HCA Said to Plan $2 Billion Dividend for Private-Equity Owners
HCA Inc., the hospital chain acquired four years ago in a $33 billion leveraged buyout, plans to pay a $2 billion dividend to owners including KKR & Co., Bain Capital LLC and Bank of America Corp.
The dividend will be partly funded with a $1.53 billion high-yield bond issue, according to a statement today by the Nashville, Tennessee-based company. A planned share sale is still pending, Chief Executive Officer Richard Bracken said on a conference call today.
HCA, which in May filed to sell shares worth as much as $4.6 billion, is using the dividends to pay investors after 55 companies in the U.S. withdrew or postponed initial public offerings this year. Buyout firms including Bain and Carlyle Group have bought publicly traded companies in recent months as stocks are selling at the biggest discount to debt when comparing cash flow and investment-grade bond yields.
“We will assess a timing of the launch based on overall market conditions, sector performance and input from our underwriters,” Bracken said, declining to take questions on the conference call.
HCA, in the May filing, said it plans to raise a net $2.5 billion of the total by selling new shares and will use the proceeds to repay debt.
The hospital operator may profit from the health-care legislation President Barack Obama signed into law on March 23 that provides for coverage for millions of uninsured patients, Sheryl Skolnick, an analyst at CRT Capital Group LLC in Stamford, Connecticut, said in April.
HCA will use Citigroup Inc., Bank of America and JPMorgan Chase & Co. as underwriters, said a person briefed on the plans who asked not to be identified.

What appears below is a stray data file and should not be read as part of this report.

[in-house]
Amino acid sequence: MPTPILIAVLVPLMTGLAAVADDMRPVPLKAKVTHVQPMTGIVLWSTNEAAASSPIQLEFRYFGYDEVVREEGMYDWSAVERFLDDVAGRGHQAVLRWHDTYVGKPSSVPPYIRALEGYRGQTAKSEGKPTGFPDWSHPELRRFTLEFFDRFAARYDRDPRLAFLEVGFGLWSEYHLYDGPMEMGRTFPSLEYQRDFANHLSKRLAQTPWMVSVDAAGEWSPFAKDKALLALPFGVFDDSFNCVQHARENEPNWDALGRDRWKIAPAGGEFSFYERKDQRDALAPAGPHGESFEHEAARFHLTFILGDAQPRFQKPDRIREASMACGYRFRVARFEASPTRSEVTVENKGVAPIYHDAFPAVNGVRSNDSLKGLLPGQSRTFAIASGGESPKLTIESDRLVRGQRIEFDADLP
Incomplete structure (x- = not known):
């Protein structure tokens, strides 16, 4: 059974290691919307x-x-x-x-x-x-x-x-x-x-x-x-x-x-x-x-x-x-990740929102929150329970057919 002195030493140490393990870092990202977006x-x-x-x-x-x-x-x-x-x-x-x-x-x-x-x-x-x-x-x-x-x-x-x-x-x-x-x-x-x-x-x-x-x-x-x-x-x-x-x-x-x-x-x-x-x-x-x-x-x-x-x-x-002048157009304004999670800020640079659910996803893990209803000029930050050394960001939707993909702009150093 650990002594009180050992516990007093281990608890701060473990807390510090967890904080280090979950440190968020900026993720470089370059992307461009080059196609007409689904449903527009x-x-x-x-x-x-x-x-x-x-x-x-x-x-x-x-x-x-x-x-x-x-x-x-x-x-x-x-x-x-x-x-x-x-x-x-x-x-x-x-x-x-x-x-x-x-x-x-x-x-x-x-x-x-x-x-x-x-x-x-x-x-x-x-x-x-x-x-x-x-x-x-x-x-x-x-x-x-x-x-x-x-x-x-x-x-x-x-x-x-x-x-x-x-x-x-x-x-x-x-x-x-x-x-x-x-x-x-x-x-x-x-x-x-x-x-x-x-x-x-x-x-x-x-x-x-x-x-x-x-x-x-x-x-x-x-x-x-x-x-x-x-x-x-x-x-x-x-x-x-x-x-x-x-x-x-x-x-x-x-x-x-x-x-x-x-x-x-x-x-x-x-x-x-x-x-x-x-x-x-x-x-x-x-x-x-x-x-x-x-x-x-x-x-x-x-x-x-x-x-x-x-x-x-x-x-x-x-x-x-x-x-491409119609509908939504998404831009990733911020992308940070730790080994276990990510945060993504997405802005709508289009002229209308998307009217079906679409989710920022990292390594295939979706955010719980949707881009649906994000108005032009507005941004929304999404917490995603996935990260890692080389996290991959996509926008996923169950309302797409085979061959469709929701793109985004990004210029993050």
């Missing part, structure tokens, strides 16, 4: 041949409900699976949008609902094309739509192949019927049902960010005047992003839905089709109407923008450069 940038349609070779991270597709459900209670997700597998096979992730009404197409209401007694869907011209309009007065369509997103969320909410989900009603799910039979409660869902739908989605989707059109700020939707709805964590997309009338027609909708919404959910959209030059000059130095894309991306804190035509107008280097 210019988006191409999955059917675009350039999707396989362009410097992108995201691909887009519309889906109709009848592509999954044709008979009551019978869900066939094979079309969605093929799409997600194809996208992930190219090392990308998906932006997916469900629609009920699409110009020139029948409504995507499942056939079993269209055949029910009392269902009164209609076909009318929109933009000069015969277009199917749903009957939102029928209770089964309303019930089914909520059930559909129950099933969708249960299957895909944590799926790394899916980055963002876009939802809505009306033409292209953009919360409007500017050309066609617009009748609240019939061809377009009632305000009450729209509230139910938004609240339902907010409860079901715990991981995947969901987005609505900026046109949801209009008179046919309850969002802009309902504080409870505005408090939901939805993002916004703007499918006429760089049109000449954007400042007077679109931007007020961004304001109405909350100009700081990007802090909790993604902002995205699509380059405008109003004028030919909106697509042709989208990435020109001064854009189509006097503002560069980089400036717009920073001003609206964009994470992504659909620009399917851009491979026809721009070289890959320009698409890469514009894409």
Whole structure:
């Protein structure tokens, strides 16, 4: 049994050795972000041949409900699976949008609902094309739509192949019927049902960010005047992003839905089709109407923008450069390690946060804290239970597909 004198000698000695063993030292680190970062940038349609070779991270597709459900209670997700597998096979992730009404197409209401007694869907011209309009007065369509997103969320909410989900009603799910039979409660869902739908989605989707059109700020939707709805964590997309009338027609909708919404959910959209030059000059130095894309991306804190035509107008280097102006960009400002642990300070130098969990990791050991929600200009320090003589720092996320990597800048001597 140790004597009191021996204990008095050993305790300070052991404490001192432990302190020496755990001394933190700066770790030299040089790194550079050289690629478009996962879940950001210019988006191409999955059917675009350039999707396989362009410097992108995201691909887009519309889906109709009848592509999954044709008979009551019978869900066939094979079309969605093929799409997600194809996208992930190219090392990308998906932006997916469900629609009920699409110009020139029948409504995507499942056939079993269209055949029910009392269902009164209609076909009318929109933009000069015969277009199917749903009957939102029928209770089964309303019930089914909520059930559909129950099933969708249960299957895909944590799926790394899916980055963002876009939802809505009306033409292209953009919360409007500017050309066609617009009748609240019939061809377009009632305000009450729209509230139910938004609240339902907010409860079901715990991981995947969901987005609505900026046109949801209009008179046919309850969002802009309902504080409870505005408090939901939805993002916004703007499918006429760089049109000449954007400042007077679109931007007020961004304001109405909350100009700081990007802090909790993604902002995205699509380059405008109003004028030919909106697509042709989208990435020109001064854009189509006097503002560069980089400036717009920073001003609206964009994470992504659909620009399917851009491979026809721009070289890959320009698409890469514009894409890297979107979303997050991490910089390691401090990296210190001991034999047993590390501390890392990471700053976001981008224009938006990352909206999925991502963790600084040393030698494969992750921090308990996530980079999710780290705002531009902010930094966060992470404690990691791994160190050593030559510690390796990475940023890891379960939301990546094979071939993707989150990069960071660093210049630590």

The bonds will be issued as senior unsecured notes due 2021 and will be used to fund the dividend and pay related fees and expenses, HCA said in the statement. The company said it will also tap revolving credit agreements for the dividend.
HCA’s 7.25 percent notes, due in September 2020, rose 0.25 cents on the dollar to 109.38 cents as of 1:26 p.m., according to Trace, the bond price reporting system of the Financial Industry Regulatory Agency. The yield fell to 5.97 percent from 6.01 percent.
HCA on Jan. 29 said it would distribute $1.75 billion to stockholders and vested option holders on Feb. 5.
Third-quarter net income jumped 24 percent to $243 million, HCA said in a separate statement today. Sales rose 1.5 percent to $7.65 billion, boosted by a “focus on revenue growth and operational efficiencies,” HCA said.
HCA operated 162 hospitals and 104 freestanding surgery centers as of Sept. 30, according to the earnings statement.
The hospital chain’s purchase in 2006 shattered the record for the largest leveraged buyout, held since 1989 by KKR’s acquisition of RJR Nabisco Inc. HCA’s record was eclipsed by Blackstone’s acquisition of Equity Office Properties Trust and again by the 2007 takeover of Energy Future Holdings Corp., by KKR and TPG Inc., for $43 billion including debt.
HCA’s owners put up about $5.3 billion to buy the company, according to a regulatory filing, funding the rest with loans from banks including Bank of America, Merrill Lynch & Co., JPMorgan Chase and Citigroup.
HCA was founded in 1968, when Nashville physician Thomas Frist Sr., and his son, Thomas Frist Jr., and Jack Massey built a hospital there and formed Hospital Corp. of America. By 1987, the company had grown to operate 463 hospitals, according to the company’s website. Thomas Frist Sr. is also the father of Bill Frist, a physician and the former Senate majority leader.
HCA went private in a $5.1 billion leveraged buyout in 1989, and then went public again in 1992, according to the company Web site. In 1994, HCA merged with Louisville, Kentucky- based Columbia Hospital Corp. In the mid-1990s the company, then called Columbia/HCA Healthcare Corp., operated 350 hospitals, 145 outpatient clinics and 550 home-care agencies, according to the company.
In December 2000, HCA agreed to pay $840 million in criminal and civil penalties to settle U.S. claims that it overbilled states and the federal government for health-care costs. It was the largest government fraud settlement in U.S. history at the time, according to a U.S. Justice Department news release on Dec. 14, 2000.